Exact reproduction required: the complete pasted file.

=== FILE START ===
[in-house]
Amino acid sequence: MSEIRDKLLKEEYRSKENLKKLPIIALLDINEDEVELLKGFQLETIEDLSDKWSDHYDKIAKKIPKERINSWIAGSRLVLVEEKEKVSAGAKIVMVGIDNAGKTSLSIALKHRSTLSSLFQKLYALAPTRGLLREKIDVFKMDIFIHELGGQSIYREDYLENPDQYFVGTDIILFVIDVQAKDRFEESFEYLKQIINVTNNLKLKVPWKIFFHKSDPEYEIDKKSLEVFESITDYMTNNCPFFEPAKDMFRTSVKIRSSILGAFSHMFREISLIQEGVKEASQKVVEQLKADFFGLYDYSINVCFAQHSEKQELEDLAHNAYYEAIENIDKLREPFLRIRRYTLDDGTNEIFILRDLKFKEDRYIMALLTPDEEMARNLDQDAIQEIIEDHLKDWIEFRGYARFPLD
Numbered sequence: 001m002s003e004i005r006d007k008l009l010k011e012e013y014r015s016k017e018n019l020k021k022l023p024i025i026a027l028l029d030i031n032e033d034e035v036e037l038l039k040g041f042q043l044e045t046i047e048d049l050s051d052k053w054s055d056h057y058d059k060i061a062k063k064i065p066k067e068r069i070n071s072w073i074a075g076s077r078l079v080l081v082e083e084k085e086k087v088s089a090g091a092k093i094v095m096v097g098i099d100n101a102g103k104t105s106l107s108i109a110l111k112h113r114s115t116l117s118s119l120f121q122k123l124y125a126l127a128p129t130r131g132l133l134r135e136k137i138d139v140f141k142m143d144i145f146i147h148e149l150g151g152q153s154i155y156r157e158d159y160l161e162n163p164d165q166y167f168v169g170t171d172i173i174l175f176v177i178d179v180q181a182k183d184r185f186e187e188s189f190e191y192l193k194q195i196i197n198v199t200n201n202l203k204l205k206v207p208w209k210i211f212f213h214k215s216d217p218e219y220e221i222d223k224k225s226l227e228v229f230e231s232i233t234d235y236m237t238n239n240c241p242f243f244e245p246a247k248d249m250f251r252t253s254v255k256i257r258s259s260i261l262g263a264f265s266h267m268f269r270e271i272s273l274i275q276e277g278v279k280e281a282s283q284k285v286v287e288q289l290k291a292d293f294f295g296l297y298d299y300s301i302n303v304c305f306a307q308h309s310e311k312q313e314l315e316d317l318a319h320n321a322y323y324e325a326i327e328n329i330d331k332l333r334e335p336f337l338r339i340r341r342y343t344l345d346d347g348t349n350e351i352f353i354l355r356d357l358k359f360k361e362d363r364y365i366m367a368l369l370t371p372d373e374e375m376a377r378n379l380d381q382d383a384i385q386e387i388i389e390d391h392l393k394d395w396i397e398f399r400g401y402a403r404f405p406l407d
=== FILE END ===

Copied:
[in-house]
Amino acid sequence: MSEIRDKLLKEEYRSKENLKKLPIIALLDINEDEVELLKGFQLETIEDLSDKWSDHYDKIAKKIPKERINSWIAGSRLVLVEEKEKVSAGAKIVMVGIDNAGKTSLSIALKHRSTLSSLFQKLYALAPTRGLLREKIDVFKMDIFIHELGGQSIYREDYLENPDQYFVGTDIILFVIDVQAKDRFEESFEYLKQIINVTNNLKLKVPWKIFFHKSDPEYEIDKKSLEVFESITDYMTNNCPFFEPAKDMFRTSVKIRSSILGAFSHMFREISLIQEGVKEASQKVVEQLKADFFGLYDYSINVCFAQHSEKQELEDLAHNAYYEAIENIDKLREPFLRIRRYTLDDGTNEIFILRDLKFKEDRYIMALLTPDEEMARNLDQDAIQEIIEDHLKDWIEFRGYARFPLD
Numbered sequence: 001m002s003e004i005r006d007k008l009l010k011e012e013y014r015s016k017e018n019l020k021k022l023p024i025i026a027l028l029d030i031n032e033d034e035v036e037l038l039k040g041f042q043l044e045t046i047e048d049l050s051d052k053w054s055d056h057y058d059k060i061a062k063k064i065p066k067e068r069i070n071s072w073i074a075g076s077r078l079v080l081v082e083e084k085e086k087v088s089a090g091a092k093i094v095m096v097g098i099d100n101a102g103k104t105s106l107s108i109a110l111k112h113r114s115t116l117s118s119l120f121q122k123l124y125a126l127a128p129t130r131g132l133l134r135e136k137i138d139v140f141k142m143d144i145f146i147h148e149l150g151g152q153s154i155y156r157e158d159y160l161e162n163p164d165q166y167f168v169g170t171d172i173i174l175f176v177i178d179v180q181a182k183d184r185f186e187e188s189f190e191y192l193k194q195i196i197n198v199t200n201n202l203k204l205k206v207p208w209k210i211f212f213h214k215s216d217p218e219y220e221i222d223k224k225s226l227e228v229f230e231s232i233t234d235y236m237t238n239n240c241p242f243f244e245p246a247k248d249m250f251r252t253s254v255k256i257r258s259s260i261l262g263a264f265s266h267m268f269r270e271i272s273l274i275q276e277g278v279k280e281a282s283q284k285v286v287e288q289l290k291a292d293f294f295g296l297y298d299y300s301i302n303v304c305f306a307q308h309s310e311k312q313e314l315e316d317l318a319h320n321a322y323y324e325a326i327e328n329i330d331k332l333r334e335p336f337l338r339i340r341r342y343t344l345d346d347g348t349n350e351i352f353i354l355r356d357l358k359f360k361e362d363r364y365i366m367a368l369l370t371p372d373e374e375m376a377r378n379l380d381q382d383a384i385q386e387i388i389e390d391h392l393k394d395w396i397e398f399r400g401y402a403r404f405p406l407d